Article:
Reality check: Sunak’s tax cut claims and Starmer’s pledges

Rishi Sunak and Keir Starmer faced a live TV grilling on Wednesday evening, with first the Sky News journalist Beth Rigby and then a studio audience questioning the two men who hope to lead the country after the 4 July general election.

Here are some of the claims made and whether they add up …

Would Rishi Sunak be able to implement tax cuts if he won the election?

Sunak repeated that the Tory manifesto would give tax cuts to all people at every stage of their life. But he omitted that the country’s tax burden is at an 80-year record high. Sunak has outlined several tax cuts in the Tory manifesto, but experts have found that the tax burden would be higher at the end of the next parliament even if Sunak were to implement his proposed cuts. When the prime minister was shown analysis by Sky News’s economic editor, Ed Conway, that the tax burden would rise, he claimed to have not seen it, and insisted he was cutting taxes for people now. The analysis showed taxes as a proportion of national income would increase from 36.5% to 36.7% at the end of the next parliament. An audience member shouted at the prime minister “do your homework” as he said he did not know how big the economy would be at the end of the next parliament.

Responding to the manifesto launch, the Institute for Fiscal Studies said: “Despite proposing significant tax cuts, today’s Conservative manifesto would – if implemented – still leave the forecast for tax revenue as a share of national income at its highest level since the 1940s.”

Are ‘most’ of Keir Starmer’s 10 pledges still in place?

Starmer said “most” of the 10 pledges he made during his Labour leadership campaign in 2020 still stand, when asked if there was a trust issue with voters given his changes of position on various issues. Although the Labour leader has stood by his promise to nationalise rail services, he has dropped his vows to abolish tuition fees, nationalise energy, introduce an income tax for the top 5% of earners and supporting the free movement of people.

Starmer was pressed on whether there was a trust issue with voters given he had changed his position on several policy issues since becoming Labour leader. He said he had decided that all his decisions must prioritise the country.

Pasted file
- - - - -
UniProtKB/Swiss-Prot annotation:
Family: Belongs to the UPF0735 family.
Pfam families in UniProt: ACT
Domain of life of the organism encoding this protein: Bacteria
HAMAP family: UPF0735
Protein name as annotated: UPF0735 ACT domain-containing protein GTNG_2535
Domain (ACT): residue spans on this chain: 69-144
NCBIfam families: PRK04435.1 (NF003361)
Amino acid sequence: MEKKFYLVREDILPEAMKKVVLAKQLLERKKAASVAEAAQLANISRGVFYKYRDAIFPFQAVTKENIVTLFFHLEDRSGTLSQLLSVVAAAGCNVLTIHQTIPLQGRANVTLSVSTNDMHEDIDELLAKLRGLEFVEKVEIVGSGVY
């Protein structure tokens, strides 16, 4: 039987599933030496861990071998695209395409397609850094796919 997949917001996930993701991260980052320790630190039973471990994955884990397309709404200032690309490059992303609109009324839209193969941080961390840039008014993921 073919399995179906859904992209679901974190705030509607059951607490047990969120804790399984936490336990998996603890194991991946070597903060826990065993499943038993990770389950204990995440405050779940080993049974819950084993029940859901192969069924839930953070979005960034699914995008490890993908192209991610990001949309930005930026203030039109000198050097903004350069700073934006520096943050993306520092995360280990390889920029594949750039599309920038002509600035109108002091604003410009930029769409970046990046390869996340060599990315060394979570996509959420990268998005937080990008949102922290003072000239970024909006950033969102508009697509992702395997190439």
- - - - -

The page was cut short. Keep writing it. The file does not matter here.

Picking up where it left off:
The Labour leader said: “I decided it must be country first so every decision after that I judged previous decisions, previous positions and I said ‘Is this truly country first, party second’; if the answer to that was ‘no’ then I changed the position and dragged my party back to the service of working people.”

Has the government started detaining people to be sent to Rwanda?

Sunak said immigration levels were “too high”, with figures reaching 685,000 last year, and he expressed confidence in getting flights off the ground to Rwanda next month. The prime minister told the audience in Grimsby the government had already started detaining people, flights had been booked, planes were ready and the date for the first flight, 24 July, had been agreed.

However, lawyers who represent asylum seekers that were detained have said 79 of their clients have been released on bail. The asylum seekers were detained in late April. Sunak said there would be a “regular rhythm of flights” next month and that the Rwanda scheme is all “about establishing a deterrent”.

Can all adults including the Labour leader access NHS dental treatment?

Starmer said his children were registered with an NHS dentist but that as an adult he does not qualify so he pays for a private service. He told the audience in Grimsby: “You’ve got these vast areas where it’s not just how much it is, it’s also that there just isn’t a dentist there.”

There are treatment bands for NHS dental treatment, but all adults are in England and Wales are eligible to access NHS dental care. However, people who are under 18, are under 19 and in full-time education, are pregnant or have had a baby in the last 12 months, or are on benefits, may receive free care.